such as lighting matches and throwing them on the bathroom floor after locking herself in that room all day, refusing to come
When I look back now, her behavior seems to have been generated by frustration and that, in turn, caused her to be angry.
Ultimately, her feelings transformed into a full blown state of depression and despondency. She gave up on life long before life
gave up on her. She broke her glasses. She threw away her hearing aids. She did not take an interest in anything except, for a
short time, using colored pencils to color the nice coloring books I ordered for her from Dover Publications, pretty pictures of
flowers and animals intended for adult use. Everyone at the facility praised her for her “art work” and thus reinforced her
desire to be known as an “artist.”
Physically, she began to slip away. After her funds ran out (from the sale of her farm), she was moved to an out-of-the-way
room. This was a decided change from when she was paying top dollar for her former room with a view of a few flowers in
the courtyard. The new room had no windows, was very tiny, and was a distance away from a bathroom, making it hard for
her to get there “in time” using her walker. The staff did not check on her often and there was no way for her to call for help,
in case of an “emergency” or if she needed anything.
The gist of our visits consisted of “What did you bring me?” and “When are you going to take me home?” She would plead,
argue and cry. It was pitiful. I had no answers for her. I just knew that I could not, in any way, consider caring for her
myself. All things considered, and believe me, we did ponder this topic deeply, she was better off with 24 hour nursing care
available. Fear of her erratic behavior was just too overwhelming to even think of home care.
Almost eight years ago have passed since mother’s death. The funeral arrangements had been determined ahead of time,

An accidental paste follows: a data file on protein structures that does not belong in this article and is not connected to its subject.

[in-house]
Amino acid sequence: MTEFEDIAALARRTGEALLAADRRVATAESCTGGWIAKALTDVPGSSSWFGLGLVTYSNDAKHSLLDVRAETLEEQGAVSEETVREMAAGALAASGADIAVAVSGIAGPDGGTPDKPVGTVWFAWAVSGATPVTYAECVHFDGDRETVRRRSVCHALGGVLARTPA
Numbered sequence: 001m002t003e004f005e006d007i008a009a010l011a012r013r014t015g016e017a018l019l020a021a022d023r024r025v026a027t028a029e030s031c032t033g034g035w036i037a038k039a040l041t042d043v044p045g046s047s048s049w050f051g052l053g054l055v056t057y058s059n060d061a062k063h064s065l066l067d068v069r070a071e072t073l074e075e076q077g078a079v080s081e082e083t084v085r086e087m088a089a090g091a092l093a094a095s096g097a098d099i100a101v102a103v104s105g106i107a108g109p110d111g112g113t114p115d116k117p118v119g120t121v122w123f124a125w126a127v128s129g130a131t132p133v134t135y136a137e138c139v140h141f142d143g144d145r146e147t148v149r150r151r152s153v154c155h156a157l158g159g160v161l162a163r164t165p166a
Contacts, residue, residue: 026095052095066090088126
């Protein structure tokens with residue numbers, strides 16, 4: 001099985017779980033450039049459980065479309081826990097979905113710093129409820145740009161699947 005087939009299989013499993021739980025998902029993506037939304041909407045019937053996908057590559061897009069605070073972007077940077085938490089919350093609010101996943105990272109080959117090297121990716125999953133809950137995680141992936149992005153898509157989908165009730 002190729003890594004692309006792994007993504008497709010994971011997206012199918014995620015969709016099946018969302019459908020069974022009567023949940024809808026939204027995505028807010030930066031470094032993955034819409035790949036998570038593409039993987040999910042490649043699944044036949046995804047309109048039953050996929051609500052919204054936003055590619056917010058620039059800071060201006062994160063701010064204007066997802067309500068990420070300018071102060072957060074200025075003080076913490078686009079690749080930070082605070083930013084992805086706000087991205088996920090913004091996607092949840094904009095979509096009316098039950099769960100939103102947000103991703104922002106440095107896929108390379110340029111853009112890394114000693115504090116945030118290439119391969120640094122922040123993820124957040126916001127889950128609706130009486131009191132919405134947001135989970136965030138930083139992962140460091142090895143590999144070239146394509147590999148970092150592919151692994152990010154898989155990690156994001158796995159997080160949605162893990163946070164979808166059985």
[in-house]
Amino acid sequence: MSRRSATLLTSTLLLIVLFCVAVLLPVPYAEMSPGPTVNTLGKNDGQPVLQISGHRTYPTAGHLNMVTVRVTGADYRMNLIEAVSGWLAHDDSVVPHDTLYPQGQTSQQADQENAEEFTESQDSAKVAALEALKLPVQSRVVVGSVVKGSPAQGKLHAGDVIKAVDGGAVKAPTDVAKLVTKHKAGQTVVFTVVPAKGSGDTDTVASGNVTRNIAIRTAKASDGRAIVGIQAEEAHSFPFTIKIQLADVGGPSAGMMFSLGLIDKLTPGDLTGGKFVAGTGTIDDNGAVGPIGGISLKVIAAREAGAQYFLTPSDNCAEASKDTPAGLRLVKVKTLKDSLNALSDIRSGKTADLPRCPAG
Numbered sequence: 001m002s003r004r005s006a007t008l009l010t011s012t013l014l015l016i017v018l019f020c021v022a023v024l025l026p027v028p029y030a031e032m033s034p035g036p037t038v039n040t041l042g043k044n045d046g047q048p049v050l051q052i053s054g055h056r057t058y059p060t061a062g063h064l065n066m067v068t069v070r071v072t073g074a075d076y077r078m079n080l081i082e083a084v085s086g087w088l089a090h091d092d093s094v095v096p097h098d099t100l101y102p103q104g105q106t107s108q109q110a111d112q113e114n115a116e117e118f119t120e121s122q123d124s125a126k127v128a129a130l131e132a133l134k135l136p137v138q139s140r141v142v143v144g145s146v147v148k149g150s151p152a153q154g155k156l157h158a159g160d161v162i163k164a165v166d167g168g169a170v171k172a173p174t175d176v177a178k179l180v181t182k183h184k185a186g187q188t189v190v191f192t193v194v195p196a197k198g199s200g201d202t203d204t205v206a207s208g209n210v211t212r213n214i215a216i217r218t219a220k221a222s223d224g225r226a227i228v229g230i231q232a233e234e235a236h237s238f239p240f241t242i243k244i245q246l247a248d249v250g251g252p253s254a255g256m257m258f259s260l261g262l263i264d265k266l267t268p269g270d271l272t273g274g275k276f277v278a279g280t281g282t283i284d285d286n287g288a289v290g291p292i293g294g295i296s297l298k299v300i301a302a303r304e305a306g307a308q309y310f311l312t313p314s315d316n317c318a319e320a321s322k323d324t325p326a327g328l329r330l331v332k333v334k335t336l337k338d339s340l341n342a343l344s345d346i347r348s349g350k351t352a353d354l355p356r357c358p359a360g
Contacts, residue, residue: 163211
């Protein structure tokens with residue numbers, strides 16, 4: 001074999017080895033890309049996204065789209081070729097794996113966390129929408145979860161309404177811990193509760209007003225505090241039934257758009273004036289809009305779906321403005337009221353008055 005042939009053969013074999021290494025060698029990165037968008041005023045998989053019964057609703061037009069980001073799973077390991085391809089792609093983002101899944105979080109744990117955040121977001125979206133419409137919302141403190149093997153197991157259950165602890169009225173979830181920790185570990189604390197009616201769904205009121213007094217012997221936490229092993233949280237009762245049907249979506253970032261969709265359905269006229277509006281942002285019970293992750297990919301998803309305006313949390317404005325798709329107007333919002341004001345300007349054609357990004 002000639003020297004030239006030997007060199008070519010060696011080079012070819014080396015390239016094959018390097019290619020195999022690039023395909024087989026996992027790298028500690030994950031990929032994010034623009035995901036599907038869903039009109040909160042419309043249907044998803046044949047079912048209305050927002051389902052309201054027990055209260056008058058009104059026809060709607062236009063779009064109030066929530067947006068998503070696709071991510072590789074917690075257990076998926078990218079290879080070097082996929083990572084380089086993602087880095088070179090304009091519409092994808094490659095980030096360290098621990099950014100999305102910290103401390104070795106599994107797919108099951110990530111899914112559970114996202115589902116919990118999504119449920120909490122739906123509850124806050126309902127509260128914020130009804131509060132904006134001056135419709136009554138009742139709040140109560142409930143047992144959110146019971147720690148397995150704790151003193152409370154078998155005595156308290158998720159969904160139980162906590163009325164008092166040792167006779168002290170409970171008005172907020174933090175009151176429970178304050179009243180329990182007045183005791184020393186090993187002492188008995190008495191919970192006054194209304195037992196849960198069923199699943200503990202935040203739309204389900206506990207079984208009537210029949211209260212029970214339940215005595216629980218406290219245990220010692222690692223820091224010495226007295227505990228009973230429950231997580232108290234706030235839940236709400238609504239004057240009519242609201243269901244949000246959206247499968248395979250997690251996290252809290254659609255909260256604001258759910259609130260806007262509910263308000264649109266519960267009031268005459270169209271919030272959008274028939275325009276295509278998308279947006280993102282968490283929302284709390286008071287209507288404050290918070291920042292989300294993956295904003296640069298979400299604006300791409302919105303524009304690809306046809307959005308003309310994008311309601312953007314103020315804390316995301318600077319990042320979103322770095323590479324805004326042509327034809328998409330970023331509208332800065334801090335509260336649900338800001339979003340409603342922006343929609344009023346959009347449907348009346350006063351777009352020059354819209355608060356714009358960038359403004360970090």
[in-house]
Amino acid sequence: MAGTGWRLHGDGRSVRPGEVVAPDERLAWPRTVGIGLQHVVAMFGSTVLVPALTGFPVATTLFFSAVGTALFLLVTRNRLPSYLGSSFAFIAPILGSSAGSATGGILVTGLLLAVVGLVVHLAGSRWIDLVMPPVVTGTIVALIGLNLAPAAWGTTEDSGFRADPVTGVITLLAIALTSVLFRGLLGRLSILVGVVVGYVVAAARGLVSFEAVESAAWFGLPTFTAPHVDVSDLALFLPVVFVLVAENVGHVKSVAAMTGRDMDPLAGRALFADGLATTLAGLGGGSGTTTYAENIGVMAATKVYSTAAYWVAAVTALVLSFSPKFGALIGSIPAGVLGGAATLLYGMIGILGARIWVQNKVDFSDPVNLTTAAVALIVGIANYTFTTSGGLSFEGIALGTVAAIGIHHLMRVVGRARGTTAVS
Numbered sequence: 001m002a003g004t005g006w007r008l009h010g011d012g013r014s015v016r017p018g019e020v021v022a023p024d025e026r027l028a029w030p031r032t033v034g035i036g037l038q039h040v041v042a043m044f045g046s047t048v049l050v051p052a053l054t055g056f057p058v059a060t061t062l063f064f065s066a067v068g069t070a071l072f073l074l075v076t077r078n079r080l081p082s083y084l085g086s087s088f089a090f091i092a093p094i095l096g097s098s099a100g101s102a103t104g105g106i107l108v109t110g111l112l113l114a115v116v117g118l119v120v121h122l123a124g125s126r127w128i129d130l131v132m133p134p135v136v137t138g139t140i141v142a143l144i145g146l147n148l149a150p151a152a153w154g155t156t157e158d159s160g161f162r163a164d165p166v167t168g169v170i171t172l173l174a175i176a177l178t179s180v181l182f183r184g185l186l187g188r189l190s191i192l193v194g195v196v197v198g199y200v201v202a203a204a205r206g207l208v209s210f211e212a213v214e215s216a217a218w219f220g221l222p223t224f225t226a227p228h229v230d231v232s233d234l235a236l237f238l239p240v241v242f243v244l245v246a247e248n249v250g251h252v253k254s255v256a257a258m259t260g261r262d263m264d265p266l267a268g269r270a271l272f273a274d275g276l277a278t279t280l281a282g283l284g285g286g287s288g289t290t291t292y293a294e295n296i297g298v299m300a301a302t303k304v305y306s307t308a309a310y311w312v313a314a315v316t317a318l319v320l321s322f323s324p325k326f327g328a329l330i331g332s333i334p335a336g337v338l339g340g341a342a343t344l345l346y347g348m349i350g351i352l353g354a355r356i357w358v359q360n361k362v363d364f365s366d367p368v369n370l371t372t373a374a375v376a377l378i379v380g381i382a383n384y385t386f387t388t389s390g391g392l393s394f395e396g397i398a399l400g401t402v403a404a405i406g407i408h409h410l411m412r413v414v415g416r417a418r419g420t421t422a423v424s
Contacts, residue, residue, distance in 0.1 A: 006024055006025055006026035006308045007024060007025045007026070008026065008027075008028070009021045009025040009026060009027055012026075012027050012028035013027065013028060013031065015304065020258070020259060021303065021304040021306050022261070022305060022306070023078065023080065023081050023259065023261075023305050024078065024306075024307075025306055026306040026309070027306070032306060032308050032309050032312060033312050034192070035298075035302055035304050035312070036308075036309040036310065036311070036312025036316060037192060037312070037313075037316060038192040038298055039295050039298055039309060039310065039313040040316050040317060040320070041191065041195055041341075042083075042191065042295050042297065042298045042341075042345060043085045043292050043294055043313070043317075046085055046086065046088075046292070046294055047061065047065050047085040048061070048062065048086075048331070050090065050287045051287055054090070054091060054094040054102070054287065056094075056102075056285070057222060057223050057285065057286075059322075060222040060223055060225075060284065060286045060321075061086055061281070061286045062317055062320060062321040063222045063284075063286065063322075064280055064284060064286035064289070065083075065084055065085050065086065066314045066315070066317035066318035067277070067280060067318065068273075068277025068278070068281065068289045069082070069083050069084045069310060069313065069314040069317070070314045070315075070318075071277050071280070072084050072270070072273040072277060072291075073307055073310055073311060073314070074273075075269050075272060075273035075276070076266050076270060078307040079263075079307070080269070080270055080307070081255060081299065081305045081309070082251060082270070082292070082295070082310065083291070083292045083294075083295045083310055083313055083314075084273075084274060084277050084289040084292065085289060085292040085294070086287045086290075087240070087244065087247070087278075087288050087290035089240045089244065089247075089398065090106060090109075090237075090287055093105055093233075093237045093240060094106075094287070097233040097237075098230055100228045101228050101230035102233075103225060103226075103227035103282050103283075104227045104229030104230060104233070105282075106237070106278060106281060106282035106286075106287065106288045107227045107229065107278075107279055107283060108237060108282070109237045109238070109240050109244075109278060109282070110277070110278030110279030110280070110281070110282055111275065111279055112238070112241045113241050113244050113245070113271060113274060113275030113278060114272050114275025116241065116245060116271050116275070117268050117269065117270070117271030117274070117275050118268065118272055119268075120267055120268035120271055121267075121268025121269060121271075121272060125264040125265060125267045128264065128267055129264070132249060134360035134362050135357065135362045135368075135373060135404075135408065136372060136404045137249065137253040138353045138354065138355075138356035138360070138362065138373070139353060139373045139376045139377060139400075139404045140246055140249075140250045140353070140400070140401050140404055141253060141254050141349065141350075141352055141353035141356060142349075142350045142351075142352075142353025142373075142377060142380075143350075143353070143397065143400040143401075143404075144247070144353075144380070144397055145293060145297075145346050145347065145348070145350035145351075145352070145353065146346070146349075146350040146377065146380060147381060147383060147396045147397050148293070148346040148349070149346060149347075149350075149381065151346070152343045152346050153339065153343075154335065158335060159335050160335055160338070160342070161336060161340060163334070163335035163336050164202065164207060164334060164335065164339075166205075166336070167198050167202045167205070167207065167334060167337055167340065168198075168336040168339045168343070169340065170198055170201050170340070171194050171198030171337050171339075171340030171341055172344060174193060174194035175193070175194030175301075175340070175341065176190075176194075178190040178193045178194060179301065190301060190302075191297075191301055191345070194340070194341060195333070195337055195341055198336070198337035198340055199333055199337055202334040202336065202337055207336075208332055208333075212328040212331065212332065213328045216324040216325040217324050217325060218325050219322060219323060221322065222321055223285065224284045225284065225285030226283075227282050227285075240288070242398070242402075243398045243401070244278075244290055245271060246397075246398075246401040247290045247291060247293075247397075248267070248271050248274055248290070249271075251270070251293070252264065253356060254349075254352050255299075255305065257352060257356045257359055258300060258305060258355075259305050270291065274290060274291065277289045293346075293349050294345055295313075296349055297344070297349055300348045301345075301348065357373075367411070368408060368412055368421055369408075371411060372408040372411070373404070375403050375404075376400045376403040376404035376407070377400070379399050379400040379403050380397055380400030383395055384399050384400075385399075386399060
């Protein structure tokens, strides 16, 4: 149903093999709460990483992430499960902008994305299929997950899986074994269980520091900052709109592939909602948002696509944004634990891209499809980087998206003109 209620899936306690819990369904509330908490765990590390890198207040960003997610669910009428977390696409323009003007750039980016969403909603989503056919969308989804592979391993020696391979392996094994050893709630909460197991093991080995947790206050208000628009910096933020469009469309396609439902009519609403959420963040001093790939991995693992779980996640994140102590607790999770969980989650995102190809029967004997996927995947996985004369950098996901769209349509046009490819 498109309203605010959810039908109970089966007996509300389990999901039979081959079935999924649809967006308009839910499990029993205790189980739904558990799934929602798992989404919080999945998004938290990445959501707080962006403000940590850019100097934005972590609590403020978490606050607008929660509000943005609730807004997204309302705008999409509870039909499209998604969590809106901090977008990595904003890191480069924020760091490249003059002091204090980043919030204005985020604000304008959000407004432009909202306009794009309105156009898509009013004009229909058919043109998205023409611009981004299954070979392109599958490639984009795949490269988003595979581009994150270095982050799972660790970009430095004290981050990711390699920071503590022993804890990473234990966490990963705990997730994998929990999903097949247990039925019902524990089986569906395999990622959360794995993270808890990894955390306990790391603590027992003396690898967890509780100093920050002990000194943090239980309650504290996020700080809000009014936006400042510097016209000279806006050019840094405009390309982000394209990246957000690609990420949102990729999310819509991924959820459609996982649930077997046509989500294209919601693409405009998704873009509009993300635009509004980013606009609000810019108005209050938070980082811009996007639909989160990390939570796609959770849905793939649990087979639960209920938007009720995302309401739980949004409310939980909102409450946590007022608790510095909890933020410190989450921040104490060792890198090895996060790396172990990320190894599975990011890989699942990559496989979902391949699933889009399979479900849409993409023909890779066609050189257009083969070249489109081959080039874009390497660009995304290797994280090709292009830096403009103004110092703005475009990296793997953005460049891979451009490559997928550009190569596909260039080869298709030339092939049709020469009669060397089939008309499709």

according to her wishes. She would be laid to rest with her beloved husband who passed to another realm many years before.
She wanted a closed casket, no calling hours, and only a few graveside prayers said by a Catholic priest. A handful of people
arrived to witness the final words said publicly on her behalf.
Pleasant Memories Revisited
I cannot dwell on the last segment of her life, finding it preferable to recall happier times during her 92 years on this earth. She
loved to go camping in Maine, New Hampshire and Vermont. She liked crossword puzzles, political “news,” and reading the
Union Leader newspaper. She enjoyed embroidery, loved to bake cakes and pies, and she relished trying out new recipes. She
was a woman of faith. As time passes, I am able to concentrate on her good qualities, not her personality traits, or habits I
disliked…like her smoking cigarettes, until she was forced by a health condition to give them up.
A Crazy Quilt block to remember "Mother". Photo by James Cummings
Crazy Quilt Memorial Quilt Block
With thoughts of my mother in mind, I made a Crazy Quilt block. The word “Crazy” could aptly describe my mother’s ordeal
of mental chaos in a world that had suddenly turned upside down.
Let me explain my design choices. First of all, I made a copy of a note that she handed to me on one visit. Always, she had
prided herself on fine penmanship all of her life. This message was scrawled and featured repeated lines written on both sides
of the small piece of paper. Many of the words were crossed out.
She wanted me to call a certain doctor in Concord for her. On the fabric print-out of part of the note, I have superimposed the
words, “We Will Not Forget You, Mom!” I have added her name and a red Pansy blossom. She so loved Pansies! This one
came from the corner of a vintage white handkerchief to which it had been added as a 3-dimensional element. I removed the
free-standing embroidered pansy and applied it to the background cloth using Buttonhole stitch. To the edge of that
asymmetrical piece of cotton fabric, I added a commercially-made unicorn appliqué to honor the fact that my mother indeed,